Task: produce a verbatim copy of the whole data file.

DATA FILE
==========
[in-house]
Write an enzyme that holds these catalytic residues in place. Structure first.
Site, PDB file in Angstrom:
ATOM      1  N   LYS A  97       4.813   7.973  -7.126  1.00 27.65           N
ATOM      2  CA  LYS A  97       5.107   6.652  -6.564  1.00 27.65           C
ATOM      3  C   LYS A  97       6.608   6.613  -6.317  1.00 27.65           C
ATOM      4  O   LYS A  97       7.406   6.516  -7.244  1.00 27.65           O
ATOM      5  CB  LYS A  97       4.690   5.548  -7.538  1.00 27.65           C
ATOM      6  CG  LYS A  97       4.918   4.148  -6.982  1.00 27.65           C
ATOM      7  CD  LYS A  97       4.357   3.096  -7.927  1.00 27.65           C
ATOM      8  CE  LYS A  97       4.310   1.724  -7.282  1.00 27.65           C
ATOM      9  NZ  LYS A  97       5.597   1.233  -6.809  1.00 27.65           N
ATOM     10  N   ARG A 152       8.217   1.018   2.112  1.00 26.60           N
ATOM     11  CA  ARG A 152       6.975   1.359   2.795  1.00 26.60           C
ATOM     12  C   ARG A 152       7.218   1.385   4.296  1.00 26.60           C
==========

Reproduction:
[in-house]
Write an enzyme that holds these catalytic residues in place. Structure first.
Site, PDB file in Angstrom:
ATOM      1  N   LYS A  97       4.813   7.973  -7.126  1.00 27.65           N
ATOM      2  CA  LYS A  97       5.107   6.652  -6.564  1.00 27.65           C
ATOM      3  C   LYS A  97       6.608   6.613  -6.317  1.00 27.65           C
ATOM      4  O   LYS A  97       7.406   6.516  -7.244  1.00 27.65           O
ATOM      5  CB  LYS A  97       4.690   5.548  -7.538  1.00 27.65           C
ATOM      6  CG  LYS A  97       4.918   4.148  -6.982  1.00 27.65           C
ATOM      7  CD  LYS A  97       4.357   3.096  -7.927  1.00 27.65           C
ATOM      8  CE  LYS A  97       4.310   1.724  -7.282  1.00 27.65           C
ATOM      9  NZ  LYS A  97       5.597   1.233  -6.809  1.00 27.65           N
ATOM     10  N   ARG A 152       8.217   1.018   2.112  1.00 26.60           N
ATOM     11  CA  ARG A 152       6.975   1.359   2.795  1.00 26.60           C
ATOM     12  C   ARG A 152       7.218   1.385   4.296  1.00 26.60           C